Thursday, February 8, 2018
The crop of celebrities honored at this year’s award tributes is low-key, by some standards, in that the klieg lights are being shone on actors who have artistically prospered more or less on the sidelines and in the chameleonic sidelights of Hollywood annals. Over the past week, we’ve seen and heard from Willem Dafoe, Gary Oldman, the young and potently gifted Saoirse Ronan (returning to SBIFF spotlight for the third time, her first in the evening-long tribute forum).
And then there is Sam. Sam Rockwell, that is, the dogged, charming yet elusive actor of three decades’ work, who received the American Riviera award at the Arlington Theatre last night. Rockwell was the comic pattering water park manager in The Way Way Back, the antagonistic brother of Robert Ford in The Assassination of Jesse James, a pulling a double turn as a cloned character in the obscure cult film Moon. He was also a hip cat presence in Seven Psychopaths, a film by Martin McDonagh, the screenwriter/director responsible for creating what has been deemed Rockwell’s finest role, Jason Dixon, in the much-buzzed about Three Billboards Outside Ebbings, Missouri. Not incidentally, the role — written expressly for Rockwell — also earned his first Oscar nomination.
While not a scintillating or very revealing interviewee in the Arlington Theatre, erring on the side of pithy vagueness, Rockwell’s work in a string of film clips spoke for itself. As for his Three Billboards role, he commented, “Martin made a Frankenstein monster part” for him, and that his original vision of the character was “Barney Fife turning into Travis Bickle” expanded to a fuller, and many-angled character.
When asked, “What’s next?” by interviewer Krista Smith, Vanity Fair’s west coast editor, Rockwell pondered for a beat, then flashed his sly grin and said, “Trying to stay young, man.”
As award presenter Clark Gregg (perhaps best known for his role as Agent Colson on Agents of S.H.I.E.L.D.), a longtime friend who first directed Rockwell in the film Choke, said, Rockwell possesses a remarkable gift for making even the sketchiest character likeable.” That is the secret power of the Rockwell touch.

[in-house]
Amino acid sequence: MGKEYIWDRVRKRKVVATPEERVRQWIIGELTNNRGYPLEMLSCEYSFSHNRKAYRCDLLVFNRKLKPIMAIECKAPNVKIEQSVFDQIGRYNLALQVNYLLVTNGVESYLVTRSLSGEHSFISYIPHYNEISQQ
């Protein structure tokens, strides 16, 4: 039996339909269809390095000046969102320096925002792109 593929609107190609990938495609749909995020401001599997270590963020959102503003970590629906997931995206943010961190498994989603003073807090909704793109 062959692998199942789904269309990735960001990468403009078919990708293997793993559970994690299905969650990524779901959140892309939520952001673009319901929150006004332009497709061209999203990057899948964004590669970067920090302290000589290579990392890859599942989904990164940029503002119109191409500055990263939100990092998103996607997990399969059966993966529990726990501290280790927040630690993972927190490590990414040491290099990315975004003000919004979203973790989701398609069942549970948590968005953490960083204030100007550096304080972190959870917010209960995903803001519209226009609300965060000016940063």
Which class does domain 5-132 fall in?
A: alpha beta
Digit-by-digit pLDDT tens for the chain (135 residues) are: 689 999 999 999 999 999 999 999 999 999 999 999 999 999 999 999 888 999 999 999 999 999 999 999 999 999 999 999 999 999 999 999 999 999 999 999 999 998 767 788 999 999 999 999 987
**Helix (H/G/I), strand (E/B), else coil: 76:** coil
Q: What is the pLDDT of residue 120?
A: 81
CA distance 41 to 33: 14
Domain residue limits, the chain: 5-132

Films to see: On the menu of the “Breakfast Club” screenings on Thursday morning was the fascinating Icelandic film The Swan, given its U.S. Premiere here, and with inspired first-time director Ása Helga Hjörleifsdóttir in the house for a post-screening Q&A. The film follows a young “city” girl’s forced summer in the country that yields a slow-brewing whirlwind of emotional stirrings and detours into the stuff of her own imaginary fictional drifts, dreams, and other poetic turns. All set amidst the stunning, if stark, natural splendor of rural Icelandic landscape. Young actress Grima Valsdóttir gives one of the festival’s more memorable performances in an understated and sometimes symbolism-caked role.
Based on a well-known book by legendary and reclusive Icelandic novelist Guðbergur Bergsson, published in 1991, the film had special meaning for the director, a former literature student who said the book inspired her to pursue film and adapted the screenplay while she was studying film at Columbia University. As she explained in the Q&A, a key challenge was to portray this youthful awakening movie, told largely through the nine-year-old girl’s perspective and dealing with “things she doesn’t fully understand or have access to.”